I got to go on a 24 hour exchange with one of my Zone Leaders, Elder Swainston. He's been out 21 months and has a perfect Columbian accent. I'm now striving to have a similar accent. We were just running around finding miracles. We found a total of 7 new investigators, some of which were given over to English elders, but we were just focused on baptism, and ran around helping people.

The second exchange I went on, was with Elder Lopez from my district. He's from El Salvador, and obviously speaks Spanish fluently. We ran around looking for miracles and found some, but not quite as many as with the Zone leaders. After I thought I had slightly failed in teaching him anything, he told me at the end of the day "Today I really learned how to work hard." This is all I wanted to teach him, and I was so glad I was able to teach him that. I'll be looking forward to more miracles, as I go on two, 24 hour exchanges each week, one with the zone leaders and the other with a member of Kearns District One. It's a great chance to learn from others, and evaluate yourself as a missionary.

Elder Lopez and I had an encounter with a very angry old man who, at first, accepted us, telling us his history with the church and how he always had the missionaries over to eat, and to talk with them about the Bible. Then as we invited him to just pray about the Book of Mormon, he began to spew straight blasphemy, and making claims that "since he had read the bible" he knew this this and that. As his heart got harder, all we did was sit a listen, until at one point he pointed at the Book of Mormon in my hand and said "that book is false." That is when we stood up and testified to him that the Book of Mormon is true, and that he needed to ask God with his heart, and not only with his head. After kicking us out of his house, and saying that we could never come back, we looked at each other and realized how much stronger our testimonies were because of this experience.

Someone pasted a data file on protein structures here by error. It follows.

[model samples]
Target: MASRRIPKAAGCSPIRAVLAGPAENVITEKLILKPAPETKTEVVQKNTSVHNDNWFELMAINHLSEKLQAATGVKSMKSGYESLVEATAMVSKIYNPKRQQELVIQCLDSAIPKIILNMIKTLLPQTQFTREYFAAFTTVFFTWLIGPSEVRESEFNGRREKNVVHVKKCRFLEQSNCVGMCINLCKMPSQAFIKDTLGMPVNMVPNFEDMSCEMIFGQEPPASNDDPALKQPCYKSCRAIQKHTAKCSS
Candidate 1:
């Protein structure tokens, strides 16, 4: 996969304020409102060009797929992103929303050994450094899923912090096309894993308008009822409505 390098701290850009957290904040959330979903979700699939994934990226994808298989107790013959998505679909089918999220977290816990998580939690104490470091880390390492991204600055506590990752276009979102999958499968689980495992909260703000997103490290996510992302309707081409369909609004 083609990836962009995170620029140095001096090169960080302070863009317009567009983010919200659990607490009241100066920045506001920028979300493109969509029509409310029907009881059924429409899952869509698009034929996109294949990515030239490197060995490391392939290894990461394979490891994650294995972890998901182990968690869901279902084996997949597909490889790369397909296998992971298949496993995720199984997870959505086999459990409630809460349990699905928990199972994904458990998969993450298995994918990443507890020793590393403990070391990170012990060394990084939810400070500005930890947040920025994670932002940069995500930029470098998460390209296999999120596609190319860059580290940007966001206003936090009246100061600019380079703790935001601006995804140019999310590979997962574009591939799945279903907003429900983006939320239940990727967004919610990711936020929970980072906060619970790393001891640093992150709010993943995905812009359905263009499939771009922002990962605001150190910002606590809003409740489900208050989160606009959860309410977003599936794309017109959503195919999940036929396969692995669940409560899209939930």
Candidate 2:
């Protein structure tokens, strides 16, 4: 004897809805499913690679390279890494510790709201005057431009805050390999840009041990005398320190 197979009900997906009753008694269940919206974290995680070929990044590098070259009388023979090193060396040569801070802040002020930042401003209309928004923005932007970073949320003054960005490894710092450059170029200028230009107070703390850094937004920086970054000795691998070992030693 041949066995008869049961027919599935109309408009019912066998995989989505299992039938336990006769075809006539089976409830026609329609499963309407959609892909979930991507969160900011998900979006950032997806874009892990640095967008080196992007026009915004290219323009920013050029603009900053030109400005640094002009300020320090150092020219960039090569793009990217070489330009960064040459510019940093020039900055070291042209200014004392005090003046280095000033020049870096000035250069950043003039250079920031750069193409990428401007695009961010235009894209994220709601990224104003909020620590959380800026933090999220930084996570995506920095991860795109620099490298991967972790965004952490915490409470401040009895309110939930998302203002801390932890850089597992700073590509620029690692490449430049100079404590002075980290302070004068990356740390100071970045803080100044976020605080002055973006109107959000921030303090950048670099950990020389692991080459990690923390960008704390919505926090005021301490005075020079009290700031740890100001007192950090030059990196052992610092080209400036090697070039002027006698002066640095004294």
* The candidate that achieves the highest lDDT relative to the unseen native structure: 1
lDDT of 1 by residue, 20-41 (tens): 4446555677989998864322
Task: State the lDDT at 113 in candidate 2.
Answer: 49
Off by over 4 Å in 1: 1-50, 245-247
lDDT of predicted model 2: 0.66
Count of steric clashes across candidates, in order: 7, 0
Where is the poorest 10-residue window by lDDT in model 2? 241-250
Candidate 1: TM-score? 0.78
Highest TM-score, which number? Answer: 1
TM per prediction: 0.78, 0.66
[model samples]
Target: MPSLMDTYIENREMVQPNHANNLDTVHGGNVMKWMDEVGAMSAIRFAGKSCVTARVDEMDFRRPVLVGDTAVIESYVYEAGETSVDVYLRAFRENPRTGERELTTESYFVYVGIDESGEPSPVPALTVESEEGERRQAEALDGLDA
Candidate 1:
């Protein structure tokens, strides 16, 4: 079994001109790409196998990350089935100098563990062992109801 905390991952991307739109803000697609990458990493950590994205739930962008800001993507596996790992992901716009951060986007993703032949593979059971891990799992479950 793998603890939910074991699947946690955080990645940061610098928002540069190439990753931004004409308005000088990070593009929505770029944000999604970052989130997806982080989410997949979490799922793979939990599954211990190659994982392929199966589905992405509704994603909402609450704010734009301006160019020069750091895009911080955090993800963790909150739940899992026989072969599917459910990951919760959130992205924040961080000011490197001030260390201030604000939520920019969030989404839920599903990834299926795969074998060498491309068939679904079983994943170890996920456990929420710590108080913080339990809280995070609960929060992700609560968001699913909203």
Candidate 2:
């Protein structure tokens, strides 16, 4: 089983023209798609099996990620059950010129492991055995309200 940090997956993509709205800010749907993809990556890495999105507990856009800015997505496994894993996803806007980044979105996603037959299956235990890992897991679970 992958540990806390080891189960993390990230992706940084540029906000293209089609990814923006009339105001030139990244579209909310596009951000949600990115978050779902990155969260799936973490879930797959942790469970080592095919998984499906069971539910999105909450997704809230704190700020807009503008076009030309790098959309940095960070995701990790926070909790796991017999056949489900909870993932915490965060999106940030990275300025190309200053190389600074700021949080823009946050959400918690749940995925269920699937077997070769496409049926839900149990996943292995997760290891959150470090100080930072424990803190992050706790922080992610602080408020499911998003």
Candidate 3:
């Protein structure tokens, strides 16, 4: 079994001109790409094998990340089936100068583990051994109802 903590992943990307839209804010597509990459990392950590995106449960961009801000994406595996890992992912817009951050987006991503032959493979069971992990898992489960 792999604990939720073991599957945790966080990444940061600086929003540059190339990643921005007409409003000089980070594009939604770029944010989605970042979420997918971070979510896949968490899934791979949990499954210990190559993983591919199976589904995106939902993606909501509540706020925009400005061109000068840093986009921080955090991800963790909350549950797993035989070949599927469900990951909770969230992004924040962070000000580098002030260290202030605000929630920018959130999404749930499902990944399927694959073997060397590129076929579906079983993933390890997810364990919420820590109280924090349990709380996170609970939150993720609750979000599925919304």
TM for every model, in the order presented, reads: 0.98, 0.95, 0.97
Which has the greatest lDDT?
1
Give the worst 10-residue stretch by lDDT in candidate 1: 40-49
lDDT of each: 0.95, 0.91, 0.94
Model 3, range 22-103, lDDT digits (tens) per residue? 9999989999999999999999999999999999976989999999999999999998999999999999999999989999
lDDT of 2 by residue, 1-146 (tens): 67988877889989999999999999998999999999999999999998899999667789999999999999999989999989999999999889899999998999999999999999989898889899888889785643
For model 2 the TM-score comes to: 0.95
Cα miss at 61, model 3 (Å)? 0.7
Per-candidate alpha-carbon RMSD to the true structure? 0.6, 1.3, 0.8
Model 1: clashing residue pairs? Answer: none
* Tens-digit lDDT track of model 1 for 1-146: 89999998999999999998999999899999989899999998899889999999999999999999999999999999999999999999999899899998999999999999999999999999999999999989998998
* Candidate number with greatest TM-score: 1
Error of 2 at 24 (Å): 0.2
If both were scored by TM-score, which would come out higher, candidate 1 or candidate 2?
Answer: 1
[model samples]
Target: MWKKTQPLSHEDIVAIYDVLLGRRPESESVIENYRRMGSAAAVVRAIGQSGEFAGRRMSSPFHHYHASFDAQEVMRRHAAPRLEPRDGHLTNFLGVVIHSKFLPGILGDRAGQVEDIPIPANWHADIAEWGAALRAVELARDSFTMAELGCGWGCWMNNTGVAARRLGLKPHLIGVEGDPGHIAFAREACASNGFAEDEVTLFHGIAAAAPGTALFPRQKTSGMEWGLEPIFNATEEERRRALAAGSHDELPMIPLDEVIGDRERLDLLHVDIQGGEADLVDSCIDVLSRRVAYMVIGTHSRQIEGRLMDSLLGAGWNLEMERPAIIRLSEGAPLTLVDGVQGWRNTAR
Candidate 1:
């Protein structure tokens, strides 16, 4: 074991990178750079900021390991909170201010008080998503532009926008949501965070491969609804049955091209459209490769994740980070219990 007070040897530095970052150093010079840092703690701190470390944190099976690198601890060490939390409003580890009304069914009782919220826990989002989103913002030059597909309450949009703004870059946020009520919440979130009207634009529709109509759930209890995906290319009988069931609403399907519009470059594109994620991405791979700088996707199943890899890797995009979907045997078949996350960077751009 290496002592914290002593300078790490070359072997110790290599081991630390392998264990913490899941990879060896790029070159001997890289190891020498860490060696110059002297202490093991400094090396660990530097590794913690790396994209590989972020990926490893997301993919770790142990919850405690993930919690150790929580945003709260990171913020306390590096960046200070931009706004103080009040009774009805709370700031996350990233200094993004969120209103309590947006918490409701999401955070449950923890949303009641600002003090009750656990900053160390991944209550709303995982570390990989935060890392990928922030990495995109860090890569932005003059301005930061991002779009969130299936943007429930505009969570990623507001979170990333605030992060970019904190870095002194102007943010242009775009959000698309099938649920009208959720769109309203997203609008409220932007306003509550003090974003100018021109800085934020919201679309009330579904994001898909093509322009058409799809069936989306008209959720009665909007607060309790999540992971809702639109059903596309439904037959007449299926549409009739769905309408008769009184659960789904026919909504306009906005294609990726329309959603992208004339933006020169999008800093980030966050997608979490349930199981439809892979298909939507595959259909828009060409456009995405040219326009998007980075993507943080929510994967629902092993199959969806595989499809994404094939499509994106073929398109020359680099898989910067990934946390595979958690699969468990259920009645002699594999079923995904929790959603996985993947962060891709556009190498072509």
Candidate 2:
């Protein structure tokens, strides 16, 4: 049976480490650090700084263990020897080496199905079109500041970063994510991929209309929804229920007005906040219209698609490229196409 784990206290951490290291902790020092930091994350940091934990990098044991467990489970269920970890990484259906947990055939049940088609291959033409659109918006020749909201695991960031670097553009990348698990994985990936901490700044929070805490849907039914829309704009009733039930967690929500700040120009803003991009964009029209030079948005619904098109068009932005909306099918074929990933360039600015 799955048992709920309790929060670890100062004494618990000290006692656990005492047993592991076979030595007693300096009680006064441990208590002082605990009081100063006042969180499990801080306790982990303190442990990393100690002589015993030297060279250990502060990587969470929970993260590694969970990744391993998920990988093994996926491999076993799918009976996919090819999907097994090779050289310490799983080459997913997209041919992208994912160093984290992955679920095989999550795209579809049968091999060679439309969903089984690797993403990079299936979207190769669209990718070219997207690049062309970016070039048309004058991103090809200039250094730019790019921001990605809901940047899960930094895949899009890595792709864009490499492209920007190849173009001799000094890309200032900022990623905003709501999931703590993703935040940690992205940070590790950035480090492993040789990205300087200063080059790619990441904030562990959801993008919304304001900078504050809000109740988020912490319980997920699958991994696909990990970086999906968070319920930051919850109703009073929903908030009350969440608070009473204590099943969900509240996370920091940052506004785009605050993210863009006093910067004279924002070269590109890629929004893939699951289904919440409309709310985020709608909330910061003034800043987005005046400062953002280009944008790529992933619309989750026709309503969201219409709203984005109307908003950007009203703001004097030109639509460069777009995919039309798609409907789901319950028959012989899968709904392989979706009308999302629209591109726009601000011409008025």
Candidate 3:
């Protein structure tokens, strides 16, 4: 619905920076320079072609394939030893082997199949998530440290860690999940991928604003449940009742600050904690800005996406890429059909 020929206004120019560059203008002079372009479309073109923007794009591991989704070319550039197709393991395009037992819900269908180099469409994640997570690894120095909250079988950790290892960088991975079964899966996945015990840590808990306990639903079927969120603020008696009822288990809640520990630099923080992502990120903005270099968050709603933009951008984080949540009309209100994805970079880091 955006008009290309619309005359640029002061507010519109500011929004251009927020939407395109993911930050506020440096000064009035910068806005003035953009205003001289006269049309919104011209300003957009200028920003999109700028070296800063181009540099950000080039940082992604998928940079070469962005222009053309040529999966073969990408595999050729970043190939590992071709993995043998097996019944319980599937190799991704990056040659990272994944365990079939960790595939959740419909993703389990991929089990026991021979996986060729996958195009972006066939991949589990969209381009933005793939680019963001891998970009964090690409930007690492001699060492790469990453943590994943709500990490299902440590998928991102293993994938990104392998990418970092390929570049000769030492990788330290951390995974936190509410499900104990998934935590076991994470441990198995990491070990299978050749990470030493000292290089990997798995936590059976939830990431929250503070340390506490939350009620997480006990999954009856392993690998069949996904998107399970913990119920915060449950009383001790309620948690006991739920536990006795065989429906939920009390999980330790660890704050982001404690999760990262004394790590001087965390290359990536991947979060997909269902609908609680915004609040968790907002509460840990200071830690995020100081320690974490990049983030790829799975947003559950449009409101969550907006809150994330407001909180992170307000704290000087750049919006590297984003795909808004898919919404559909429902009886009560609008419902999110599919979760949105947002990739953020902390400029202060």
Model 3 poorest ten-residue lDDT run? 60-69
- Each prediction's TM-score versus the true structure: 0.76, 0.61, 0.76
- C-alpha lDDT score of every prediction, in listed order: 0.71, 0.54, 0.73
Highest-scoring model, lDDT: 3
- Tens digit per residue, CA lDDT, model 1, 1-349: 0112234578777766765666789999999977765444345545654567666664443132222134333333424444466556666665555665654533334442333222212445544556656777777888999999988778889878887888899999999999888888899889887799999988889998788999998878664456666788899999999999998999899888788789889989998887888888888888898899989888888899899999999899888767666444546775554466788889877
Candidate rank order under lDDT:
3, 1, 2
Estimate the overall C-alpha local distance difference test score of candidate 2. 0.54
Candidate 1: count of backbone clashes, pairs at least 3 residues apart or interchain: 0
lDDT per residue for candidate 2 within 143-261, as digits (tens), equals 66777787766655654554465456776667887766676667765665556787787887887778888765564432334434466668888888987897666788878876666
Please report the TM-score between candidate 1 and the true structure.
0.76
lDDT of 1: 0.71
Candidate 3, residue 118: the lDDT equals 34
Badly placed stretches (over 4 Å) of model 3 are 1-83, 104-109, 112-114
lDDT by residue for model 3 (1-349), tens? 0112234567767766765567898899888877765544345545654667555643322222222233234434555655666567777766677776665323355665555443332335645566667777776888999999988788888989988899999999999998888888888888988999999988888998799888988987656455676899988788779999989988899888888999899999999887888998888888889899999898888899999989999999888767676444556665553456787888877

The new area that I cover is pretty small. We're able to drive from one side to the other in about two minutes. Other missionaries, who have been here, have knocked every single door. All I can hope for now is a change of heart, and not a hardened heart like the man I mentioned earlier. This area will be a challenge, but challenge accepted!

Elder Smith and I had an interesting experience with some drunk Hispanics blasting Norteña music, which sounds like mariachi music. They confessed to us while they were drunk that they don't respect any white person who doesn't speak Spanish, and that we were their best friends because we spoke their language. They went on ranting about how everyone in the United States should accept them and learn to speak Spanish and that it didn't matter that they weren't legal in the country. We can seem some obvious flaws in this logic, but at the same time we should learn to be more accepting of people who are trying to better their place in lives. When we look at the perspective that they too are children of God, things change a lot. Accepting God's laws instead of man's laws help you love everyone, even if they drink and are breaking federal laws.

I find it amusing also how, because I'm white, all the members ask me "here's some hot sauce, but don't put more than a little because it's really hot, you won't like it." I then proceed to amaze them by putting spoonful after spoonful of hot sauce on my food, only to discover it's not hot enough. I learned from some Ecuadorians that only people from Mexico use tortillas and hotter sauces. People from South America like to taste their food, and they use rice instead. They say "pretty soon food tastes like nothing once you keep dumping more and more hot sauce on it!" which is true, but I like my Hawt Sauwce.

Take care everyone, read the Book of Mormon again if you just finished it, or start the New Testament. Both testify of Christ and his role as our Savior

-Elder Toborg-